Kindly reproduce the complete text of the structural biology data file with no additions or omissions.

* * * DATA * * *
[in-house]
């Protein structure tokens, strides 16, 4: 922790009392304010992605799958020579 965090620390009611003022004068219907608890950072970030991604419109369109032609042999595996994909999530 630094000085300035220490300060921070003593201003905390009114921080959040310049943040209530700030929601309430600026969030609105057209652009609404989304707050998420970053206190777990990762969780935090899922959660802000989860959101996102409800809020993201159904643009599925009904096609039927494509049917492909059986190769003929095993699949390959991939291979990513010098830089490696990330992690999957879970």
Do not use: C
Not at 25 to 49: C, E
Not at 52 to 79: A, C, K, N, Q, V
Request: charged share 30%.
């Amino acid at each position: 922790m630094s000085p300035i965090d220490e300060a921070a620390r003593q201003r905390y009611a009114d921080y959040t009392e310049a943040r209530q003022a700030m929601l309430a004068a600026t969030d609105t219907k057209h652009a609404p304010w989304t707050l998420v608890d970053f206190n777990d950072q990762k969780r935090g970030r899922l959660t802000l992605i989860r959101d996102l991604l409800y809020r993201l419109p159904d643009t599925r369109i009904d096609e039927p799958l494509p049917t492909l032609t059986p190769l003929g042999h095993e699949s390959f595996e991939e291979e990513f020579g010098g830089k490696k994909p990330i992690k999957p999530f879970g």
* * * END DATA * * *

[in-house]
């Protein structure tokens, strides 16, 4: 922790009392304010992605799958020579 965090620390009611003022004068219907608890950072970030991604419109369109032609042999595996994909999530 630094000085300035220490300060921070003593201003905390009114921080959040310049943040209530700030929601309430600026969030609105057209652009609404989304707050998420970053206190777990990762969780935090899922959660802000989860959101996102409800809020993201159904643009599925009904096609039927494509049917492909059986190769003929095993699949390959991939291979990513010098830089490696990330992690999957879970």
Do not use: C
Not at 25 to 49: C, E
Not at 52 to 79: A, C, K, N, Q, V
Request: charged share 30%.
């Amino acid at each position: 922790m630094s000085p300035i965090d220490e300060a921070a620390r003593q201003r905390y009611a009114d921080y959040t009392e310049a943040r209530q003022a700030m929601l309430a004068a600026t969030d609105t219907k057209h652009a609404p304010w989304t707050l998420v608890d970053f206190n777990d950072q990762k969780r935090g970030r899922l959660t802000l992605i989860r959101d996102l991604l409800y809020r993201l419109p159904d643009t599925r369109i009904d096609e039927p799958l494509p049917t492909l032609t059986p190769l003929g042999h095993e699949s390959f595996e991939e291979e990513f020579g010098g830089k490696k994909p990330i992690k999957p999530f879970g």